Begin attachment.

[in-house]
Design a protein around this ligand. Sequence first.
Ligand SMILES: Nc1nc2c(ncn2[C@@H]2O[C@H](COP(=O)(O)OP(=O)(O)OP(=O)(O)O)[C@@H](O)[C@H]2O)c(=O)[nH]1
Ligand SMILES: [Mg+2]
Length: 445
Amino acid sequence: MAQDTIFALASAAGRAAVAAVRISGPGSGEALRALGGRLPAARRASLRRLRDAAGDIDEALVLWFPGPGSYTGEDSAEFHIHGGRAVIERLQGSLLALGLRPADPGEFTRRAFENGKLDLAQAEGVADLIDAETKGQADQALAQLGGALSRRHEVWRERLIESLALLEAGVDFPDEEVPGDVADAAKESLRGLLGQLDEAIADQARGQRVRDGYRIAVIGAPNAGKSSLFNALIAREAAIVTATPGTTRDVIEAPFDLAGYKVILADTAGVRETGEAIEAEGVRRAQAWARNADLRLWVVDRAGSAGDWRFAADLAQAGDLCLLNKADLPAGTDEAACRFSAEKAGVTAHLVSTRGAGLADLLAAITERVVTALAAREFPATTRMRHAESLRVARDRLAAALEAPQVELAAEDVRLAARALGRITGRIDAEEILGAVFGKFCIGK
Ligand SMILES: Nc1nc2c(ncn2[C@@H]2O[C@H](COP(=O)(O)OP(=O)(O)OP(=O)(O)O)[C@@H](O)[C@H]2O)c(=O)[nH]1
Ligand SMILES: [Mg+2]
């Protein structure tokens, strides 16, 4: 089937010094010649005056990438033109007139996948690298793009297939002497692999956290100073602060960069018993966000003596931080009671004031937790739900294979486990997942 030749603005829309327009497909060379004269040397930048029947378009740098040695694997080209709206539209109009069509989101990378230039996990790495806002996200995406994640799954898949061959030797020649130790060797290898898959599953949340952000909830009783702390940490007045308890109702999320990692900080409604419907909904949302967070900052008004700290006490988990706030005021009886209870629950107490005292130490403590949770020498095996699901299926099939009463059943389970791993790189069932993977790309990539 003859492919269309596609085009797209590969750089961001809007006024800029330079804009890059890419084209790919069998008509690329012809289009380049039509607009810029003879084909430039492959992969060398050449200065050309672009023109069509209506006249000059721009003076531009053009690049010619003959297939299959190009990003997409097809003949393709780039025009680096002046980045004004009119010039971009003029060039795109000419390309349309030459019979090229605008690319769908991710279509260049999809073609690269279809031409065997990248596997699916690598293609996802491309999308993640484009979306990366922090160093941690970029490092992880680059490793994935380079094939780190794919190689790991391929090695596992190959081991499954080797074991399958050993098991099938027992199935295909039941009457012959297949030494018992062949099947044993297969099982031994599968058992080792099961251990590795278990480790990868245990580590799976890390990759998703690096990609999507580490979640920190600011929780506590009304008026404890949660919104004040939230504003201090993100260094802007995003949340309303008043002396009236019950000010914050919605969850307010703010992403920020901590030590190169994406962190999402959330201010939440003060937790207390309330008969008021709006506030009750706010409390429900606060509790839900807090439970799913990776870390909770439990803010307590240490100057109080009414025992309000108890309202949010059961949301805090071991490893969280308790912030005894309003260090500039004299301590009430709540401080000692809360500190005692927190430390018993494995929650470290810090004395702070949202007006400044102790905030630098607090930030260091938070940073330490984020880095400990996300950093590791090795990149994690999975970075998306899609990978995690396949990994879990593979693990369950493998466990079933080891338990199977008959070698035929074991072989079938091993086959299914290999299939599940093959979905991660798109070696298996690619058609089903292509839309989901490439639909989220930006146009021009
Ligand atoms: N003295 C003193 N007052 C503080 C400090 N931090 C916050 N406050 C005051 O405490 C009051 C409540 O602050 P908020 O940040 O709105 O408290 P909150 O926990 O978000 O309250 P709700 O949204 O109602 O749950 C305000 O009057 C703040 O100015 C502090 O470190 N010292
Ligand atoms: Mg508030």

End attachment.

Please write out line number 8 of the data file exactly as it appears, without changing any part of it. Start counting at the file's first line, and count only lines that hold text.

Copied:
Ligand SMILES: [Mg+2]